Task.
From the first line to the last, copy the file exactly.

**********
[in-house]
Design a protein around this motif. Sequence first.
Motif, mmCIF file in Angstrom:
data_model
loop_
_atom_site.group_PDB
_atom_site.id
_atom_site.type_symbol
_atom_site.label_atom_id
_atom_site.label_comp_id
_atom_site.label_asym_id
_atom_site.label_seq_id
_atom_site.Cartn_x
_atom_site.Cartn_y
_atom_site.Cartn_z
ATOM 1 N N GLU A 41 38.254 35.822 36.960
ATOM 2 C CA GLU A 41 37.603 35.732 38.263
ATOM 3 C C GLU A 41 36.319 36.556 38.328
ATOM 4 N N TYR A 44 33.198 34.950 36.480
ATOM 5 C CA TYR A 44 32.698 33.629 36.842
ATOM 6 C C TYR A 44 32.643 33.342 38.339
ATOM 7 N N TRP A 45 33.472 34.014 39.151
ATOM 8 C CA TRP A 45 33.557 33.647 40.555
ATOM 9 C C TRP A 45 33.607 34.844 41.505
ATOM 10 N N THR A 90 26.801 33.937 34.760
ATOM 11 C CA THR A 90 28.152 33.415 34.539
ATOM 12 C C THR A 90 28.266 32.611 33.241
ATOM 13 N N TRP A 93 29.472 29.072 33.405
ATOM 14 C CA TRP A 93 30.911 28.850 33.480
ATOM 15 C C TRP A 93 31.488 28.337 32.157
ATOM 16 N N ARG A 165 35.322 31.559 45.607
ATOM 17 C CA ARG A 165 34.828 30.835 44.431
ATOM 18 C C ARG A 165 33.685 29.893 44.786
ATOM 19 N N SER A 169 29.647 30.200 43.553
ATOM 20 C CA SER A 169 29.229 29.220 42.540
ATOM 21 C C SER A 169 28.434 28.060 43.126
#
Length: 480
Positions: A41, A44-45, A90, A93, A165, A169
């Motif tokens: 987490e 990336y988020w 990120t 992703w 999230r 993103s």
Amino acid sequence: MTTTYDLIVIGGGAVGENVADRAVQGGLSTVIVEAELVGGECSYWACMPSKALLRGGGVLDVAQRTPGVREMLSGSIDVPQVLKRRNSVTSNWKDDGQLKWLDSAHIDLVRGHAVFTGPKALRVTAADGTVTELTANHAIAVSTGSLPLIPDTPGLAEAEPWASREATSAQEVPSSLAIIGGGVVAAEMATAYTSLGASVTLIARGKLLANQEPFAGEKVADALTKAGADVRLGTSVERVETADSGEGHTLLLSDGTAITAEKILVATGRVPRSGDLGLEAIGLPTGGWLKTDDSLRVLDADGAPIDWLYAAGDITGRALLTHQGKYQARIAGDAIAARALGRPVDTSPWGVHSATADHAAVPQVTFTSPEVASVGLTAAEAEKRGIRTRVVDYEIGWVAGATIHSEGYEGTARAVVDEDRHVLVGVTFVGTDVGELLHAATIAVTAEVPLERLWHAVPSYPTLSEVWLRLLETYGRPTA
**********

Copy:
[in-house]
Design a protein around this motif. Sequence first.
Motif, mmCIF file in Angstrom:
data_model
loop_
_atom_site.group_PDB
_atom_site.id
_atom_site.type_symbol
_atom_site.label_atom_id
_atom_site.label_comp_id
_atom_site.label_asym_id
_atom_site.label_seq_id
_atom_site.Cartn_x
_atom_site.Cartn_y
_atom_site.Cartn_z
ATOM 1 N N GLU A 41 38.254 35.822 36.960
ATOM 2 C CA GLU A 41 37.603 35.732 38.263
ATOM 3 C C GLU A 41 36.319 36.556 38.328
ATOM 4 N N TYR A 44 33.198 34.950 36.480
ATOM 5 C CA TYR A 44 32.698 33.629 36.842
ATOM 6 C C TYR A 44 32.643 33.342 38.339
ATOM 7 N N TRP A 45 33.472 34.014 39.151
ATOM 8 C CA TRP A 45 33.557 33.647 40.555
ATOM 9 C C TRP A 45 33.607 34.844 41.505
ATOM 10 N N THR A 90 26.801 33.937 34.760
ATOM 11 C CA THR A 90 28.152 33.415 34.539
ATOM 12 C C THR A 90 28.266 32.611 33.241
ATOM 13 N N TRP A 93 29.472 29.072 33.405
ATOM 14 C CA TRP A 93 30.911 28.850 33.480
ATOM 15 C C TRP A 93 31.488 28.337 32.157
ATOM 16 N N ARG A 165 35.322 31.559 45.607
ATOM 17 C CA ARG A 165 34.828 30.835 44.431
ATOM 18 C C ARG A 165 33.685 29.893 44.786
ATOM 19 N N SER A 169 29.647 30.200 43.553
ATOM 20 C CA SER A 169 29.229 29.220 42.540
ATOM 21 C C SER A 169 28.434 28.060 43.126
#
Length: 480
Positions: A41, A44-45, A90, A93, A165, A169
């Motif tokens: 987490e 990336y988020w 990120t 992703w 999230r 993103s």
Amino acid sequence: MTTTYDLIVIGGGAVGENVADRAVQGGLSTVIVEAELVGGECSYWACMPSKALLRGGGVLDVAQRTPGVREMLSGSIDVPQVLKRRNSVTSNWKDDGQLKWLDSAHIDLVRGHAVFTGPKALRVTAADGTVTELTANHAIAVSTGSLPLIPDTPGLAEAEPWASREATSAQEVPSSLAIIGGGVVAAEMATAYTSLGASVTLIARGKLLANQEPFAGEKVADALTKAGADVRLGTSVERVETADSGEGHTLLLSDGTAITAEKILVATGRVPRSGDLGLEAIGLPTGGWLKTDDSLRVLDADGAPIDWLYAAGDITGRALLTHQGKYQARIAGDAIAARALGRPVDTSPWGVHSATADHAAVPQVTFTSPEVASVGLTAAEAEKRGIRTRVVDYEIGWVAGATIHSEGYEGTARAVVDEDRHVLVGVTFVGTDVGELLHAATIAVTAEVPLERLWHAVPSYPTLSEVWLRLLETYGRPTA